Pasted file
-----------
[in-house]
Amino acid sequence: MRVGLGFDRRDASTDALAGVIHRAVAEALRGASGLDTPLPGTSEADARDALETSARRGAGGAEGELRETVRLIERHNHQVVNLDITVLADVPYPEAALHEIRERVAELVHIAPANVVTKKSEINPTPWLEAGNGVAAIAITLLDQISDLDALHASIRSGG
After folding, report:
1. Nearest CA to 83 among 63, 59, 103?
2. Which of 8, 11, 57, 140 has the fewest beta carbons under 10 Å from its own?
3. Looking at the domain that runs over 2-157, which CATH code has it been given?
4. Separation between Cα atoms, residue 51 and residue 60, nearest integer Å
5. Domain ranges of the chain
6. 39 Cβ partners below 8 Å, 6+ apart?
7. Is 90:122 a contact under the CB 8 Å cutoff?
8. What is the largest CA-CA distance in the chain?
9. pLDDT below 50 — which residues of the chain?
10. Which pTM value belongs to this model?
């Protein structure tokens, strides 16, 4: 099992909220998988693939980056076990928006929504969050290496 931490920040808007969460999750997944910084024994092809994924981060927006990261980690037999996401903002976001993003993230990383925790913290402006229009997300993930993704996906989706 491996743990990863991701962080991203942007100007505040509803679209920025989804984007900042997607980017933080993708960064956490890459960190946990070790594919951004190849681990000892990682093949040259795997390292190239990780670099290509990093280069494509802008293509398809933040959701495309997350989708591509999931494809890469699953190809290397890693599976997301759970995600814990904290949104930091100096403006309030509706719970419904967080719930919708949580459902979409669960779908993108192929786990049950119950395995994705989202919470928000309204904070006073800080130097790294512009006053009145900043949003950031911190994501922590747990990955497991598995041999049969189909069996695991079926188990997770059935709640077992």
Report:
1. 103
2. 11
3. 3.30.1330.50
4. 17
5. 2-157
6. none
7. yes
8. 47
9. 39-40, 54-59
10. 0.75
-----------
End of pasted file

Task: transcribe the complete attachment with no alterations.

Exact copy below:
[in-house]
Amino acid sequence: MRVGLGFDRRDASTDALAGVIHRAVAEALRGASGLDTPLPGTSEADARDALETSARRGAGGAEGELRETVRLIERHNHQVVNLDITVLADVPYPEAALHEIRERVAELVHIAPANVVTKKSEINPTPWLEAGNGVAAIAITLLDQISDLDALHASIRSGG
After folding, report:
1. Nearest CA to 83 among 63, 59, 103?
2. Which of 8, 11, 57, 140 has the fewest beta carbons under 10 Å from its own?
3. Looking at the domain that runs over 2-157, which CATH code has it been given?
4. Separation between Cα atoms, residue 51 and residue 60, nearest integer Å
5. Domain ranges of the chain
6. 39 Cβ partners below 8 Å, 6+ apart?
7. Is 90:122 a contact under the CB 8 Å cutoff?
8. What is the largest CA-CA distance in the chain?
9. pLDDT below 50 — which residues of the chain?
10. Which pTM value belongs to this model?
């Protein structure tokens, strides 16, 4: 099992909220998988693939980056076990928006929504969050290496 931490920040808007969460999750997944910084024994092809994924981060927006990261980690037999996401903002976001993003993230990383925790913290402006229009997300993930993704996906989706 491996743990990863991701962080991203942007100007505040509803679209920025989804984007900042997607980017933080993708960064956490890459960190946990070790594919951004190849681990000892990682093949040259795997390292190239990780670099290509990093280069494509802008293509398809933040959701495309997350989708591509999931494809890469699953190809290397890693599976997301759970995600814990904290949104930091100096403006309030509706719970419904967080719930919708949580459902979409669960779908993108192929786990049950119950395995994705989202919470928000309204904070006073800080130097790294512009006053009145900043949003950031911190994501922590747990990955497991598995041999049969189909069996695991079926188990997770059935709640077992």
Report:
1. 103
2. 11
3. 3.30.1330.50
4. 17
5. 2-157
6. none
7. yes
8. 47
9. 39-40, 54-59
10. 0.75